WHERE ARE THEY NOW?

We trace Wolver­hamp­ton Wan­der­ers’ 1971-72 UEFA Cup fi­nal­ists

The Football League Paper - - NEWS - By Neil Fissler

JOHN RICHARDS ad­mits he hadn’t been abroard be­fore join­ing Wolves in 1969 – and within three years he was play­ing for the club in the UEFA Cup.

A fourth-place fin­ish in Divi­sion One was enough to book Bill McGarry’s side a place in the newly cre­ated UEFA Cup. And for Richards and his team­mates it was the start of a great ad­ven­ture which would take them all the way to the fi­nal.

They dis­patched Por­tuguese side Aca­dem­ica Coim­bra, Dutch out­fit Den Haag and East Ger­mans Carl Zeiss Jena with­out los­ing a game.

“It was the first time we had been in Europe since the 1950s,”said Richards. “So for our gen­er­a­tion it was a new ex­pe­ri­ence.

Ad­ven­ture

“There was no fear at all. It was a break from the league and it was an ad­ven­ture – a lot of us young lads hadn’t ever been abroad.

“The first time I had been abroad was when I came to Wolves. Sud­denly you were go­ing to Por­tu­gal and East Ger­many – it was a whole new world.

“I en­joyed ev­ery minute of it.When you look back we were a good team – and we played some top sides.”

Ju­ven­tus were the op­po­si­tion in the quar­ter-fi­nals and McGarry hit upon the idea of tak­ing Juve leg­end John Charles with his side to Turin for the first leg.

Af­ter draw­ing 1-1,Wolves made no mis­take, win­ning the sec­ond leg 2-1 to book a place in the semi-fi­nals against Hun­gar­ian side Ferenc­varos, who they edged out 4-3 on ag­gre­gate.

“It was a bit of a coup tak­ing John Charles to Turin be­cause sud­denly we were wel­comed with open arms,” re­called Richards. “Ev­ery­one was shout­ing at him in the street and we even got dis­counts when we went shop­ping! It made a dif­fer­ence to us.

“When we walked into the sta­dium John was with us. Nor­mally you would get a lot of an­i­mos­ity but we had none of that. Af­ter we drew 1-1, Bill McGarry said we have won this now be­cause they will not send out a full team to Mo­lineux.

“They wanted to win the Ital­ian league and that’s what hap­pened. I think they left out four of their top play­ers, and we won 2-1,” he adds.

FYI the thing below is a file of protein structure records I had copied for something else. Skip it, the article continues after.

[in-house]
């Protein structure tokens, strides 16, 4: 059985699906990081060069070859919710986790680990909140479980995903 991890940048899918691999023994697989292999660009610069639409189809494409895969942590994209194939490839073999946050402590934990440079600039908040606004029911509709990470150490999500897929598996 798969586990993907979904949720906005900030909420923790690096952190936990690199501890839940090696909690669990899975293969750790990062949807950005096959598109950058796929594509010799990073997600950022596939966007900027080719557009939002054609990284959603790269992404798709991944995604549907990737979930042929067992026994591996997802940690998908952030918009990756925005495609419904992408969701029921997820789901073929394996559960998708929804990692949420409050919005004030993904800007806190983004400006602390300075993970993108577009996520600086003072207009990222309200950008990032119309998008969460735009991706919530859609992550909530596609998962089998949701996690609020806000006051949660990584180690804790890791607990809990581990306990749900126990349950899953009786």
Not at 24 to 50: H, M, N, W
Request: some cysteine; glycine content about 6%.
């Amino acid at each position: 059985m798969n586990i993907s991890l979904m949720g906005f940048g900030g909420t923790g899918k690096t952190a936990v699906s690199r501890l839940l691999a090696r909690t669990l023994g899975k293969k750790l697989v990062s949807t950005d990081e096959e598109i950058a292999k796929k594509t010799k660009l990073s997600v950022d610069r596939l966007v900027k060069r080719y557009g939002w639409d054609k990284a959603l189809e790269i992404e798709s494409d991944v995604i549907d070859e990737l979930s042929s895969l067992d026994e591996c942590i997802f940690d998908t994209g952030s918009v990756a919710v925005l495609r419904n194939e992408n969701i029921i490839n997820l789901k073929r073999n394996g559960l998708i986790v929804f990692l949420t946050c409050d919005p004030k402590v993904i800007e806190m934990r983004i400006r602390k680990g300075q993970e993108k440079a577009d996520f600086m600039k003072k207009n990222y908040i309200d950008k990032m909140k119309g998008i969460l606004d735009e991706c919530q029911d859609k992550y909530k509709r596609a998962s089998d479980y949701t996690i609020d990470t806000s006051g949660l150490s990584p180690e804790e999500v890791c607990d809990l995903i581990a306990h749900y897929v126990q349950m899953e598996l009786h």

There was, how­ever, no fairy­tale end­ing. In an all-English fi­nal against Tot­ten­ham,Wolves lost 2-1 at Mo­lineux and then drew 1-1 in north Lon­don. 1. Hugh Cur­ran: A striker who ran sev­eral pubs as well as a ho­tel, he then be­came a su­per­vi­sor at the park and ride ser­vice in Ox­ford where he is now based. 2. Ber­tie Lut­ton: A North­ern Ire­land in­ter­na­tional mid­fielder, he em­i­grated to Aus­tralia in 1974. Has worked as a su­per­vi­sor for a lo­gis­tics com­pany and pre­vi­ously worked in a ware­house. 3. John Old­field: The goal­keeper set­tled in the Hud­der­s­field area where he ran a sports and so­cial club in York­shire prior to his death in Leeds in Oc­to­ber 2002. 4. Frank Munro: Scot­land in­ter­na­tional de­fender coached in Aus­tralia and worked as a traf­fic of­fi­cer at Mel­bourne Air­port. He lived in Wolver­hamp­ton un­til his death in Au­gust 2011 aged 63. 5. Phil Parkes: Worked as a goal­keep­ing coach be­fore be­com­ing a builder and also a match­day am­bas­sador in the hos­pi­tal­ity suites at West Ham United. 6. Dave Wood­field: A de­fender who spent 11 years coach­ing and work­ing as a school teacher. Taught his­tory and ge­og­ra­phy in Asia and the Mid­dle East. Now lives near Cam­bridge. 7. Danny He­gan: The North­ern Ire­land mid­fielder worked at But­lins be­fore un­der­tak­ing a host of clean­ing and labour­ing jobs be­fore his death in Birm­ing­ham in Au­gust 2015 aged 72. 8. Les Wil­son: A ver­sa­tile player who set­tled in Canada and be­came an ex­ec­u­tive di­rec­tor of the Bri­tish Columbia Soc­cer As­so­ci­a­tion be­fore work­ing as a foot­ball con­sul­tant. 9. Bernard Shaw: The full-back spent three decades run­ning a North Der­byshire pub be­fore mov­ing into prop­erty and build­ing from his base in Bakewell. 10. Paul Walker: A mid­fielder who re­turned to his na­tive Brad­ford and runs a busi­ness lo­cally that man­u­fac­tures card­board. 11. Bobby Gould: A striker who en­joyed a suc­cess­ful ca­reer in man­age­ment in­clud­ing spells in charge of Wim­ble­don and Wales. Is now a ra­dio pun­dit. Son Jonathan was a pro­fes­sional foot­baller. 12. John Richards: The striker went into lo­cal gov­ern­ment be­fore re­turn­ing to Wolves as man­ag­ing di­rec­tor. Is now op­er­a­tions di­rec­tor of Pitch­care, in Telford. 13. John McAlle: Af­ter re­turn­ing to the Wolver­hamp­ton area, he went into land­scape gar­den­ing. Is now re­tired, liv­ing in Bre­wood, south Stafford­shire. 14. Kenny Hib­bitt: An England Un­der-23 mid­fielder, he has man­aged Wal­sall, Cardiff City and Hed­nes­ford Town. Has spent 12 years work­ing for the Pre­mier League. 15. Sammy Chung: He man­aged Wolves, Tam­worth and Don­caster, and has also coached in the UAE and at Stoke City. Worked in a chil­dren’s home. Now lives on the Som­er­set coast. 16. Derek Dougan: Had a spell as chief ex­ec­u­tive and chair­man of Wolves, later work­ing in mar­ket­ing and dab­bling in pol­i­tics. Died in Wolver­hamp­ton in June 2007 aged 69. 17. Dave Wagstaffe: A winger who went into the li­censed trade in Black­pool and Wolver­hamp­ton where he ran Waggy’s Bar at Mo­lineux. Died of a heart at­tack in Au­gust 2013 aged 70. 18. Mike O’Grady: The England in­ter­na­tional mid­fielder worked for York­shire TV and then at the Royal Oak Pub in Aberford near Leeds un­til his retirement. 19. Mike Bai­ley: A mid­fielder who went into man­age­ment with Here­ford, Charl­ton, Brighton, OFI Crete and Leather­head and has held a num­ber of other coach­ing and scout­ing posts. 20. Jim McCal­liog: Af­ter man­ag­ing Hal­i­fax and scout­ing for Ori­ent, the mid­fielder man­aged sev­eral pubs and ho­tels. Now runs a B&B in Ayr­shire. 21. Gerry Tay­lor: A de­fender who af­ter re­tir­ing in 1976 spent 26 years in Stafford­shire Po­lice. Then worked at the RAF Mu­seum in Cos­ford. 22. Derek Parkin: The England Un­der-23 full-back went into a land­scape gar­den­ing busi­ness be­fore go­ing to work for a char­ity.